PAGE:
Making the Forbes 30 Under 30 list is a major honor for anyone. For Meg Gill, it was the latest in a string of business successes around her small (and growing) business, Golden Road Brewing. She and I sat on a panel together in New York to discuss the significance of small and medium sized businesses in the global economy. She talks forcefully about what it takes to succeed in business: great products, compelling branding, and sophisticated distribution. It’s always exciting for me to see dynamic business people like Meg talk about how technology is helping them scale. She’s only getting started so keep your eye on Golden Road!
I’ve known and corresponded with Ron Dennis for some time, but in 2014, I got the chance to get to know him and build an enduring friendship. The sophistication and success of the McLaren empire that Ron has built is nothing less than amazing. One of the lessons I always share with young professionals is to be careful in choosing the logos you put on your business card next to your name. Likewise, business partners have to be careful too. In this case, I can’t think of a place I’m prouder to see the SAP brand than on a McLaren Formula One race car.
María Eugenia Ferré-Rangel
In 2014, I wrote Winners Dream: A Journey from Corner Store to Corner Office. The book was a rewarding experience on many levels, not the least of which is that it gave me a very personal way to introduce myself and SAP to new audiences. During an emotional business trip to Puerto Rico, I returned to a special place from earlier in my career and was reunited with some amazing former colleagues from that time. I also met new faces – many that made lasting impressions, including the current Governor, Alejandro García Padilla, and business icon Guillermo Martínez. One leader who impressed me so much was María Eugenia Ferré-Rangel, the CEO of GFR Media, Puerto Rico’s most influential journalistic enterprise. Maria’s family runs the multi-faceted business as a team, with each of her siblings running a significant division. What’s really amazing is how they are grooming the next generation of their family to run GFR. They insist on bringing the cousins together regularly to learn more about the business and to rotate through internships to gain the necessary experience. Puerto Rico has a bright future!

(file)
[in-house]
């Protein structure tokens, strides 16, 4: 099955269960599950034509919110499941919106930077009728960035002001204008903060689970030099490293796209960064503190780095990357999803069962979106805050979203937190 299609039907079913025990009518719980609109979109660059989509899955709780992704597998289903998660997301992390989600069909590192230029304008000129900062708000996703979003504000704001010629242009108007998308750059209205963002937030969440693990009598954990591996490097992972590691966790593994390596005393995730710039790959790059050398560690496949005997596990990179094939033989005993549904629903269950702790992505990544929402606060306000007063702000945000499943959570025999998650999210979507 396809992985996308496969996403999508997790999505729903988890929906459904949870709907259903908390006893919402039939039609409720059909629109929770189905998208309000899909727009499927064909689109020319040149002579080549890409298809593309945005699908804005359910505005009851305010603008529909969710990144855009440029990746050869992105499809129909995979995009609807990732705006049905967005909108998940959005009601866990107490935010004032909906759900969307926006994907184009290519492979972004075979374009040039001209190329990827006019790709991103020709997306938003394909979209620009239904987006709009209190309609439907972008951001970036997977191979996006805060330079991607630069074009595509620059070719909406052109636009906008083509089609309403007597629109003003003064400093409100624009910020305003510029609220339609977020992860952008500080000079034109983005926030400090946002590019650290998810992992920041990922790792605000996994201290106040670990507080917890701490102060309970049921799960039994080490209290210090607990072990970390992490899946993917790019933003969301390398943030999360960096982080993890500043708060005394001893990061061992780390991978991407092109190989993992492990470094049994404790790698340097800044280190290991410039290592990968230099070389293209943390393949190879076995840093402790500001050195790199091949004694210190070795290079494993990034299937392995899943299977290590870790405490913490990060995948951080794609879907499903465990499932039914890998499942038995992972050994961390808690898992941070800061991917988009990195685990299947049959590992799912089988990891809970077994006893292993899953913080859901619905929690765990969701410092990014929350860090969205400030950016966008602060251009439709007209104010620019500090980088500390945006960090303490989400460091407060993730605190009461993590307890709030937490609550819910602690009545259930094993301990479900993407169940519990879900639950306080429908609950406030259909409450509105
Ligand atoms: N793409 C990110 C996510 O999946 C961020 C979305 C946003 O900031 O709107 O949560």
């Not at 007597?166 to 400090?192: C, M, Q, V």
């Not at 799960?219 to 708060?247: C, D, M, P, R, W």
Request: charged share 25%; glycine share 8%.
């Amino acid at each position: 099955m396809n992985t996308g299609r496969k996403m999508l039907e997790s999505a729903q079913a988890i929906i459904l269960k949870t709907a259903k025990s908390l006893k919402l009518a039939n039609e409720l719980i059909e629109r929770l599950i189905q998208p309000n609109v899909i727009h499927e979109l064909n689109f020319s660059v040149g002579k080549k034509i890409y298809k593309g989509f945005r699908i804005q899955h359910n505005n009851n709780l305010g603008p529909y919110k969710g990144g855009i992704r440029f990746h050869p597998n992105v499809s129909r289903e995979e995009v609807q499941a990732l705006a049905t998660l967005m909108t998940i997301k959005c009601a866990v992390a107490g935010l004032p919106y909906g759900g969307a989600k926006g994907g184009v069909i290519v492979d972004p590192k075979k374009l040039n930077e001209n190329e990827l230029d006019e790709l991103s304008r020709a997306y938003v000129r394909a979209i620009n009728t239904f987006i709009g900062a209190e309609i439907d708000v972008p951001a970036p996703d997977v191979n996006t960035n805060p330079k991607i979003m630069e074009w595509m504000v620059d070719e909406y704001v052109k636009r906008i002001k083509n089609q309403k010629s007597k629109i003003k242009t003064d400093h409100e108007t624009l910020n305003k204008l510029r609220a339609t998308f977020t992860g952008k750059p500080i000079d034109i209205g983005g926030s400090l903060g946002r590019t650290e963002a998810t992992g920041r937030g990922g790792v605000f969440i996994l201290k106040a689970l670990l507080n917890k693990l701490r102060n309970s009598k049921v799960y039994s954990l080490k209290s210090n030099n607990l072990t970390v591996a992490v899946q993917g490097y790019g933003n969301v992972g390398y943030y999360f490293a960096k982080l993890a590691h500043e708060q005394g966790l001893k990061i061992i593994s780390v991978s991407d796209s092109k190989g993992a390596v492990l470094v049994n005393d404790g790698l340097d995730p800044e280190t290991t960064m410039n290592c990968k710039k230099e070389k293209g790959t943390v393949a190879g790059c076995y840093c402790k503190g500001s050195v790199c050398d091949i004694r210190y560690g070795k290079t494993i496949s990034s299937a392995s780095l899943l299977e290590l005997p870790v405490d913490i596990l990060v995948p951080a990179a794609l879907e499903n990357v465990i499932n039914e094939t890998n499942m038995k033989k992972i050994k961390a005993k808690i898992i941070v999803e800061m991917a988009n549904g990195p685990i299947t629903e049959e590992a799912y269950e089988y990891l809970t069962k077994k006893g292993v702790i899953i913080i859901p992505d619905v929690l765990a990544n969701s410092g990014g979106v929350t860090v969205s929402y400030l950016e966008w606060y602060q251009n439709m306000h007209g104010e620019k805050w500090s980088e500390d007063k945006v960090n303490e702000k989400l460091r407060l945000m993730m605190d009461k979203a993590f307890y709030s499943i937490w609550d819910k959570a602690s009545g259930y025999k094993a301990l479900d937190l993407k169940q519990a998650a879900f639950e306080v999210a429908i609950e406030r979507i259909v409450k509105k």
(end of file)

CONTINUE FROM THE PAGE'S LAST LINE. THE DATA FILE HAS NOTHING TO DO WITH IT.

Few performing artists in history have made rigorous and sometimes grueling preparation look simpler in its presentation than Mikhail Baryshnikov. We met this past year to discuss our shared commitment to the revitalization of the Hudson Yards neighborhood in New York City and I was honored by his hospitality, his vision and his commitment to supporting young artists from across the city and around the world. There is no question that he has mastered his profession (as his countless awards prove). But he has gone beyond far beyond his own success, leaving footprints for future generations of artists to follow.
One of the most frequent topics I encountered in 2014 was how cities can encourage entrepreneurs to start and grow businesses. I don’t know of a city I’ve visited around the world that isn’t focused on the same goal: to become a hub for startup activity in some of the fast-growth sectors like technology and health care. While in Berlin this past November, I had the honor to meet Marc Samwer and to tour Rocket Internet, the pioneering business that Marc co-founded with his brothers. I’ve visited incubators before, but the simplicity of the Rocket approach struck me as much as anything. They nurture young businesses on a floor-by-floor model – the newest start on the top floor and progressively move, floor by floor, as they mature and ready themselves to exit into the open marketplace. This business model innovation tells me that Europe is more than a high potential center for innovation, it is one already.
Like Ron Dennis, I’ve known Steve Singh for many years. But in 2014 our friendship took a major step, one that saw SAP and Concur come together in the largest software-as-a-service acquisition in the history of the technology industry. I remember recording a message to Concur’s employees together with Steve – it would be the first message they would receive following the announcement about SAP’s intent to acquire. You could sense his overwhelming dedication to his colleagues during that session. He was sincere, emotional and genuinely concerned to protect the culture they had built together around the success of Concur’s customers. It was precisely the kind of behavior I had come to expect from Steve – a role model leader who does everything in service to others. I expect to see countless more examples like this in 2015 and beyond.
In closing, my question for you: who belongs on your list? What do they tell you about your own experiences and professional growth?